Who remembers the days of collecting drinks bottles, delivering them to the corner shop and claiming the deposits? Many an ice cream or chocolate bar was purchased from the proceeds.
It appears that the days of deposits on drinks containers are set to return. In Scotland an administrator has been appointed to manage the scheme.
Due to go live on 16 August 2023, the Deposit Return Scheme (DRS) will include glass bottles, PET plastic bottles, steel and aluminium cans and crowlers – aluminium beer cans used by craft breweries to package their beer.
A Scottish brewer for example, will have to:
- Register with the Scottish Environment Protection Agency (SEPA)
- Pay the registration fee of £365 a year (those below the VAT threshold of £85,000 are exempt from this fee)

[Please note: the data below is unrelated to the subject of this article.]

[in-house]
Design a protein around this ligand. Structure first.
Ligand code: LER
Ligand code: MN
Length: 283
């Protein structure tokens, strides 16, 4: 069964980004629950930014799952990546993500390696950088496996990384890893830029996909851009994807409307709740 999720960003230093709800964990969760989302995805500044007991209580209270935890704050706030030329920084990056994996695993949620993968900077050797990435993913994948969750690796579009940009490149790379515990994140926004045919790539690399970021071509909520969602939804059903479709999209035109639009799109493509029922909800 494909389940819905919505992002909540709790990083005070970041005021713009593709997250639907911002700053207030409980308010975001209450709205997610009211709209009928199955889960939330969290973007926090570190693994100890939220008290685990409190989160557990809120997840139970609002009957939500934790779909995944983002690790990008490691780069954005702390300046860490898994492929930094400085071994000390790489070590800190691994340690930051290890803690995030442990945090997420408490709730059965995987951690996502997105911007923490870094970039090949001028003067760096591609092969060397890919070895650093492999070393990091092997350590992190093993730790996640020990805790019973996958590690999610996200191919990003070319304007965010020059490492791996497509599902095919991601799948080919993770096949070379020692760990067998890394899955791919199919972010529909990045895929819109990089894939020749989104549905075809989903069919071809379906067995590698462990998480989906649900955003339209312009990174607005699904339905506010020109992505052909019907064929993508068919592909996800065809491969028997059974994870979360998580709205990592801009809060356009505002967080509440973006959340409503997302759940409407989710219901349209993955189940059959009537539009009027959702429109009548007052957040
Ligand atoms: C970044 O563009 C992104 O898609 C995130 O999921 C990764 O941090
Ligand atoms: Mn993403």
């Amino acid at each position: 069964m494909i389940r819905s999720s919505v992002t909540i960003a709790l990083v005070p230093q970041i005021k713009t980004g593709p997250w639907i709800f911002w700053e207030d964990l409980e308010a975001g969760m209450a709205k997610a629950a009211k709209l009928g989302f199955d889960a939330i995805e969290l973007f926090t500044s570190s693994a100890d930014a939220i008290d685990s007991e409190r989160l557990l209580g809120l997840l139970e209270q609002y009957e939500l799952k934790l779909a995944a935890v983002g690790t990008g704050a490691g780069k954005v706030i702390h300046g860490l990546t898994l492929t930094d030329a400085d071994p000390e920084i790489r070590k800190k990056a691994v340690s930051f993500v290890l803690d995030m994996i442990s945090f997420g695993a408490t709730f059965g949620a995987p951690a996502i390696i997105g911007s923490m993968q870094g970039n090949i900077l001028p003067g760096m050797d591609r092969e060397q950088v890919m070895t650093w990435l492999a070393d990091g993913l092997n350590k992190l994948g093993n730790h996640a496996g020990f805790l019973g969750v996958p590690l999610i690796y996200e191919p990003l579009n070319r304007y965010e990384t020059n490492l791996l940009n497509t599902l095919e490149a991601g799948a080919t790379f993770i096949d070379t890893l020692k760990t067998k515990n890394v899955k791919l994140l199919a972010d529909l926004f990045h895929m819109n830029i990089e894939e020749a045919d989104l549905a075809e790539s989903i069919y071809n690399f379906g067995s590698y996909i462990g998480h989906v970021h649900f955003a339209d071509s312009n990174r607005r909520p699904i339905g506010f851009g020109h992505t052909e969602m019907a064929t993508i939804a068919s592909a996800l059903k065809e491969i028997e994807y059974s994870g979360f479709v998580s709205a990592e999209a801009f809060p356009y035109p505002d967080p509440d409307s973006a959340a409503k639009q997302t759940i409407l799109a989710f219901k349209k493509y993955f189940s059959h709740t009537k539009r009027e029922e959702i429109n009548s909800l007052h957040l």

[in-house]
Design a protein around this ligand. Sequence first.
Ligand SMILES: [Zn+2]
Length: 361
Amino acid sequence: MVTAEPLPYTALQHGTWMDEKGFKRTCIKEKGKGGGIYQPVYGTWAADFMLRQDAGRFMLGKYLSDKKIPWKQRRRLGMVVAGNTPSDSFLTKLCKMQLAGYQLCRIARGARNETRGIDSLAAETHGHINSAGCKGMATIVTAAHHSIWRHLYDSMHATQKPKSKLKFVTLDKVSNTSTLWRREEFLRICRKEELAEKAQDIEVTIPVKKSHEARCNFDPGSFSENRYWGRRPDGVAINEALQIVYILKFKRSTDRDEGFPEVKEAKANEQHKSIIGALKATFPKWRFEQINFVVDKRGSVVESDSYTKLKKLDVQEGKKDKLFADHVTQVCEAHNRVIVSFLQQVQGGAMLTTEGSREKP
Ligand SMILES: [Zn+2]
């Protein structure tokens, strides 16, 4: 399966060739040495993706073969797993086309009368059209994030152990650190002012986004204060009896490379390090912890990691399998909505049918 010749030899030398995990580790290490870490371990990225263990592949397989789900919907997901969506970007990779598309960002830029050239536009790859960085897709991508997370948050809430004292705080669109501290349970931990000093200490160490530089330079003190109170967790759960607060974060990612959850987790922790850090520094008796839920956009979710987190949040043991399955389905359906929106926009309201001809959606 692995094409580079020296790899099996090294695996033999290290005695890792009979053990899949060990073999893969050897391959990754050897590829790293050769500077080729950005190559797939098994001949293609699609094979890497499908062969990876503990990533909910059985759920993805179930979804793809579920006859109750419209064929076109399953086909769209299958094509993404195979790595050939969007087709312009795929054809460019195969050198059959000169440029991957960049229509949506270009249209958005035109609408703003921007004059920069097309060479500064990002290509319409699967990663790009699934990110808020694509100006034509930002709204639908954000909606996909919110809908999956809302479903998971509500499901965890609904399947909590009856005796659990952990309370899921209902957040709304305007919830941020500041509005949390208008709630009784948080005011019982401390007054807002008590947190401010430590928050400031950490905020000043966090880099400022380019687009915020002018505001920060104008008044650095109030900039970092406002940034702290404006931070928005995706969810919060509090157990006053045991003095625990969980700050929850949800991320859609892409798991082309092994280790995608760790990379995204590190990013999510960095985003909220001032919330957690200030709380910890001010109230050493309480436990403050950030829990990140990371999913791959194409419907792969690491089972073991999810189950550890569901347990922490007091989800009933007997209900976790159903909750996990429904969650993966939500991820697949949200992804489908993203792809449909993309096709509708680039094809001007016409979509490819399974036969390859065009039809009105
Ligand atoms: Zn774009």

- Charge a 20p deposit on the sale price of each scheme article placed on the Scottish market
- Arrange for the collection of the empty containers from the locations you sell them
- Pay a reasonable handling fee to the retailers to cover their costs
- Meet the collection targets of 80 percent in 2024 and 90 percent in each year after that
- Refund deposits to customers.
Anyone selling in Scotland, either directly to Scottish retailers and online or indirectly through wholesalers or online shops, will have to fulfil the legal responsibilities.
A separate scheme(s) are expected to be introduced in England, Wales and Northern Ireland at a later date. We could end up with four differing operations.
This Scottish plan will require a high level of administration by all involved. Bottles collected in the past were returned to the producer for washing and refilling. The material collected in this scheme will be transported to centres for recycling. With the time and cost involved, will this prove more effective and efficient than the existing local council recycling operations? Only time will tell.